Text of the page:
By Matt Masich, LAW WEEK COLORADO
DENVER — It’s increasingly up to law schools to provide the on-the-job mentoring that was once provided by law firms, says Dean Martin Katz of the University of Denver Sturm College of Law.
Law schools have traditionally taught basic knowledge like torts and contracts, he said, without teaching as much about procedure and even less about professionalism.
“It’s easy enough to get out of law school without a whole lot of knowledge about procedure,” Katz said Saturday at the Faculty of Federal Advocates’ annual roundtable discussion with federal judges and magistrates.
“I literally did not know what a deposition was” when he got out of law school, he said. Katz graduated from Yale Law School in 1991 and clerked with 10th U.S. Circuit Court of Appeals Judge David Ebel before joining Davis Graham & Stubbs. “I couldn’t have practiced law to save my life. But I got fairly lucky — I went to a firm that was fairly committed to teaching me to be a lawyer.”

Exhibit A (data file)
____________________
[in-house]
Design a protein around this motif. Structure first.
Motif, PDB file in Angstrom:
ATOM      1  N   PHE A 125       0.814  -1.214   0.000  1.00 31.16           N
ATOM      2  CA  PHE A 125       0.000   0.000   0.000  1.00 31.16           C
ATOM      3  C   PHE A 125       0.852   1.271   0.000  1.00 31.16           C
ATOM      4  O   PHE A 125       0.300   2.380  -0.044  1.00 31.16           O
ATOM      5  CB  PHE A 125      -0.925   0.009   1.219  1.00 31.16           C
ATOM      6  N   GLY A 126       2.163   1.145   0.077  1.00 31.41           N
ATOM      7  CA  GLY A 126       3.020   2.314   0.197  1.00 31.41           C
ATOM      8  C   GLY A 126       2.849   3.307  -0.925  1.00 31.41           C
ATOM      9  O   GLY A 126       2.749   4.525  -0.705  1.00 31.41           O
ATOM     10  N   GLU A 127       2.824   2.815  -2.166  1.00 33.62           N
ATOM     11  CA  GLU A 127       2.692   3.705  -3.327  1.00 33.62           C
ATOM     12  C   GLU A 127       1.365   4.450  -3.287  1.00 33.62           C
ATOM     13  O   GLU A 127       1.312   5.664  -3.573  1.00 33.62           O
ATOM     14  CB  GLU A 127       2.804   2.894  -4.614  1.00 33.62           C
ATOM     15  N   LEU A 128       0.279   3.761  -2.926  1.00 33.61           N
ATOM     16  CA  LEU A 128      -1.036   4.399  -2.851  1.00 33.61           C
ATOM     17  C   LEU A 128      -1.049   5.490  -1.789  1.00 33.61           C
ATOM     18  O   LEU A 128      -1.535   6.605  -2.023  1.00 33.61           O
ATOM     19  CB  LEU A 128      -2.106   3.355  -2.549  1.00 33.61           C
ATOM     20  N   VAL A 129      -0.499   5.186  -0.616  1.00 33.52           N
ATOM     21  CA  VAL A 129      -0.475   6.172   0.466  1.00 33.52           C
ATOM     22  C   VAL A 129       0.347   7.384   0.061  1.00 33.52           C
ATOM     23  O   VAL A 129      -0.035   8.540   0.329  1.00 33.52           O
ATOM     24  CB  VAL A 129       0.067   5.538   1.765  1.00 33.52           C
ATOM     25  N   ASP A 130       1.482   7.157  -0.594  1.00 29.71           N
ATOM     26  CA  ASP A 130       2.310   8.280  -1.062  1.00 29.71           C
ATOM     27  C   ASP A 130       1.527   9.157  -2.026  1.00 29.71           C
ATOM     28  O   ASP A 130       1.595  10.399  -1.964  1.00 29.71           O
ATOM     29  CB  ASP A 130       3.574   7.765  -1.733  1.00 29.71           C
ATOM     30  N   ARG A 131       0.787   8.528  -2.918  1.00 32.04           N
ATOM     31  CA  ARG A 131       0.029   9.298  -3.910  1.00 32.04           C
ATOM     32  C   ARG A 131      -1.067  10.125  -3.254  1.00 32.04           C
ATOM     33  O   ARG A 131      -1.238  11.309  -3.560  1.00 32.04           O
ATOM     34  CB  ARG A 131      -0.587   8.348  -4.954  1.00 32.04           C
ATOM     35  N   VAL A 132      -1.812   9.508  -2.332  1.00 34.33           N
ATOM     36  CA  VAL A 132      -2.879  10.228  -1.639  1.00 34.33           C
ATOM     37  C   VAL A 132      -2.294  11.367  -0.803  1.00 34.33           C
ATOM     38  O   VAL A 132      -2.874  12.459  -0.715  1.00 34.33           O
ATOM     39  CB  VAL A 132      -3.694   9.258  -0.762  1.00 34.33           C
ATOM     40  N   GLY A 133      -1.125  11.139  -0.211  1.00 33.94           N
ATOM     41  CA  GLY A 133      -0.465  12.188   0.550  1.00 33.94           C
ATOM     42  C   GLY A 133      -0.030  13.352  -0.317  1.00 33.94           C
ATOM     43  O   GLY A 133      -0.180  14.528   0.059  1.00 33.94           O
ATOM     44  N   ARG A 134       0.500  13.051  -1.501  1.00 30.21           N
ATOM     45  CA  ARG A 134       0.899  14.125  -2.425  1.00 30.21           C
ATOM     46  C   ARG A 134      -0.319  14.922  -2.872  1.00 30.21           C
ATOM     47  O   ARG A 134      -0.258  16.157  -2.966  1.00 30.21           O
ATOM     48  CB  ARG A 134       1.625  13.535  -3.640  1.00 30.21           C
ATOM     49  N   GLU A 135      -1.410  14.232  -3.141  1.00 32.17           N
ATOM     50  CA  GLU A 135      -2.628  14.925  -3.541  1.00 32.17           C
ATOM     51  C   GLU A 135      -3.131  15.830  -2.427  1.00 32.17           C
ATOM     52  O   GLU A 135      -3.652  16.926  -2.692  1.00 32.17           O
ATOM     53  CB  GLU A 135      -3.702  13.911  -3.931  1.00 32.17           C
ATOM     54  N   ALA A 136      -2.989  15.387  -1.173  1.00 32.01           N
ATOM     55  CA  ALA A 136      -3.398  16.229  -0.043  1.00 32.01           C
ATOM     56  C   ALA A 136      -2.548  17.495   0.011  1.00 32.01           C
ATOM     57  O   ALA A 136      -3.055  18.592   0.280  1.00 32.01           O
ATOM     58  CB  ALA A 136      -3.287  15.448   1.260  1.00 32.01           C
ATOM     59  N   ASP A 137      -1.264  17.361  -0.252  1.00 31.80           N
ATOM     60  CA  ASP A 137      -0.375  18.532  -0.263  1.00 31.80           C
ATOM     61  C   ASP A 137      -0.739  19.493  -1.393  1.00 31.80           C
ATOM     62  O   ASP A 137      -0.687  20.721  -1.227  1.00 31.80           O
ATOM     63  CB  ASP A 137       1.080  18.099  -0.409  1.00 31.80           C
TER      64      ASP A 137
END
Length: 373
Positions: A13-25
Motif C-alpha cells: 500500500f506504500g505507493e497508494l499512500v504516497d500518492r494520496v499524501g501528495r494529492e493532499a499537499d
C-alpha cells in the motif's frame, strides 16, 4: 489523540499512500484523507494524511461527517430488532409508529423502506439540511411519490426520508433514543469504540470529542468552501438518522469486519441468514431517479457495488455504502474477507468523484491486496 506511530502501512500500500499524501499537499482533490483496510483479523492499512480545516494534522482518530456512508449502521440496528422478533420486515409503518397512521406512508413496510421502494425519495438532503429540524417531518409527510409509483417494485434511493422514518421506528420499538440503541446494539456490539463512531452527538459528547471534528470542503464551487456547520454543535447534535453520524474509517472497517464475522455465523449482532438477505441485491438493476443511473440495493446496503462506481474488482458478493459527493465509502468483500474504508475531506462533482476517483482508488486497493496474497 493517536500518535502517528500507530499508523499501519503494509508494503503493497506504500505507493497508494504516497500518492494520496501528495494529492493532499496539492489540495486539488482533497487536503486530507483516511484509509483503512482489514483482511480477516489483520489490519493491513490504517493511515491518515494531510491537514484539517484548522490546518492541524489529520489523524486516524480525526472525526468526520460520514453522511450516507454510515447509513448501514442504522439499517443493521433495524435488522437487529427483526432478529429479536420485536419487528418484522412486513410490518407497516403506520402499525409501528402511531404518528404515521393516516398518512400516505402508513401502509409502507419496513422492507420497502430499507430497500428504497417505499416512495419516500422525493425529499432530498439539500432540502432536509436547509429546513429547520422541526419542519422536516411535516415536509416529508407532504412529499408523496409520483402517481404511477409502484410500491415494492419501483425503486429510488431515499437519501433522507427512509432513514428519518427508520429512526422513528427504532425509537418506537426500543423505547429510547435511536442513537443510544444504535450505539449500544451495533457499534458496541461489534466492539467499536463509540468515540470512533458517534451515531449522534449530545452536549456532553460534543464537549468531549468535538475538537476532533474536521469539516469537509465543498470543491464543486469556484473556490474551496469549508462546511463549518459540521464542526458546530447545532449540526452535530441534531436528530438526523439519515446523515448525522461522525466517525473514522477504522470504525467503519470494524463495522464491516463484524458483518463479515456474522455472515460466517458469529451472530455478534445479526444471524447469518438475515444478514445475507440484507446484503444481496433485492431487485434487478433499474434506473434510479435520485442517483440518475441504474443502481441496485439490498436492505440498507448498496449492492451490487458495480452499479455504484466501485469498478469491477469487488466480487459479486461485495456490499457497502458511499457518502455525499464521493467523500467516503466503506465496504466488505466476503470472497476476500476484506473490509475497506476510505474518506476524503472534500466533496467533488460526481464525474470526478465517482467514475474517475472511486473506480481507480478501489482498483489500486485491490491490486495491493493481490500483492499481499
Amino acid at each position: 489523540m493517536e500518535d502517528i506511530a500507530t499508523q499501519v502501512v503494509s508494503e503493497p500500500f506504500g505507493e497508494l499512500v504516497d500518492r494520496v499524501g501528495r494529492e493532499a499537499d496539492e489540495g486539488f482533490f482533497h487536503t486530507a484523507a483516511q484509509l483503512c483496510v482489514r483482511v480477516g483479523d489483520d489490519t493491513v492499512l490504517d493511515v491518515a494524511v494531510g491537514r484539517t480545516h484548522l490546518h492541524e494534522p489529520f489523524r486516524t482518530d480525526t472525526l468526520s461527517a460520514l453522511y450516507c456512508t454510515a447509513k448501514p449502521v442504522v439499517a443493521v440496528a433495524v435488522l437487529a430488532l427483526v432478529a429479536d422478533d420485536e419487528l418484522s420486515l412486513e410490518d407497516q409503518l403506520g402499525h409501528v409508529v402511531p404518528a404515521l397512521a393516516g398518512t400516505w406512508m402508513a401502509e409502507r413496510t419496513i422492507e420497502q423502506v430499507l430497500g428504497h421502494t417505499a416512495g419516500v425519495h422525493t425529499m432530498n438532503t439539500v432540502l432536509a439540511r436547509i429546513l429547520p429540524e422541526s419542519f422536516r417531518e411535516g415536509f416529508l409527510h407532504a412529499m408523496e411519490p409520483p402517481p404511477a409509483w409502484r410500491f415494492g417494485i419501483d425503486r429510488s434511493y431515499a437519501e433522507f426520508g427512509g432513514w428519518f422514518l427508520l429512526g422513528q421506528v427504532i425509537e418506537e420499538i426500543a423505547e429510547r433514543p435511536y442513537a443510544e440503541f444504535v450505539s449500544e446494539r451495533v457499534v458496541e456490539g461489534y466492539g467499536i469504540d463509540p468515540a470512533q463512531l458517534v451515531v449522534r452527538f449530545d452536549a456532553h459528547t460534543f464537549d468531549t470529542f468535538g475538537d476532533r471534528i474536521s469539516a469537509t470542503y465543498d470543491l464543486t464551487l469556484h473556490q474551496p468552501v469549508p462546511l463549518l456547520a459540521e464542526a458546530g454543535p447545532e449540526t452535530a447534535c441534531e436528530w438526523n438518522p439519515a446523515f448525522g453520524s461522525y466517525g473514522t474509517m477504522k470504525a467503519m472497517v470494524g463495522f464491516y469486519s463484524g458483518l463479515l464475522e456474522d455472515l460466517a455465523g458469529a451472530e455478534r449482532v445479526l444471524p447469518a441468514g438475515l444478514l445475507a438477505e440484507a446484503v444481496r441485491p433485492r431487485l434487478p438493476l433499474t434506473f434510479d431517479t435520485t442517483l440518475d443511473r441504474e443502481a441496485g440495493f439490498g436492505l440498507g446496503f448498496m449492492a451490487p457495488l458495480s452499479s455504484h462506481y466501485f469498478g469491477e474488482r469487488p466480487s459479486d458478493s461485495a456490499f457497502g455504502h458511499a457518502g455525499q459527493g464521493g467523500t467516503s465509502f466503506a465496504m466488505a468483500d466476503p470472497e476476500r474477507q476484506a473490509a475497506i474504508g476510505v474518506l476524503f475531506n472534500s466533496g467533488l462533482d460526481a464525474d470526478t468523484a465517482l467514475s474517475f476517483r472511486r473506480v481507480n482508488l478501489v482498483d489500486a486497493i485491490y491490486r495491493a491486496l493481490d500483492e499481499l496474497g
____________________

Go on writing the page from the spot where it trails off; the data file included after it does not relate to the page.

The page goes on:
By the time he was a second-year associate, he felt he was ready for basic federal practice. But that model of training at law firms depends on the assumption that both lawyers and clients would remain at a law firm for a long time, Katz said. Those assumptions no longer hold true.
“Some firms still are committed to mentoring, but more and more young lawyers are going into solo practice,” he said.
Law schools must figure out how to pick up the slack. One way is to offer more law clinics, which give law students firsthand experience but are also the most expensive way to teach. Law schools can also increase their mentoring programs.
DU added three clinicians last year, one this year and plans to add three more in the next four years, Katz said, and is devising a five-year mentoring program for its students that will stretch into their first two years after graduation.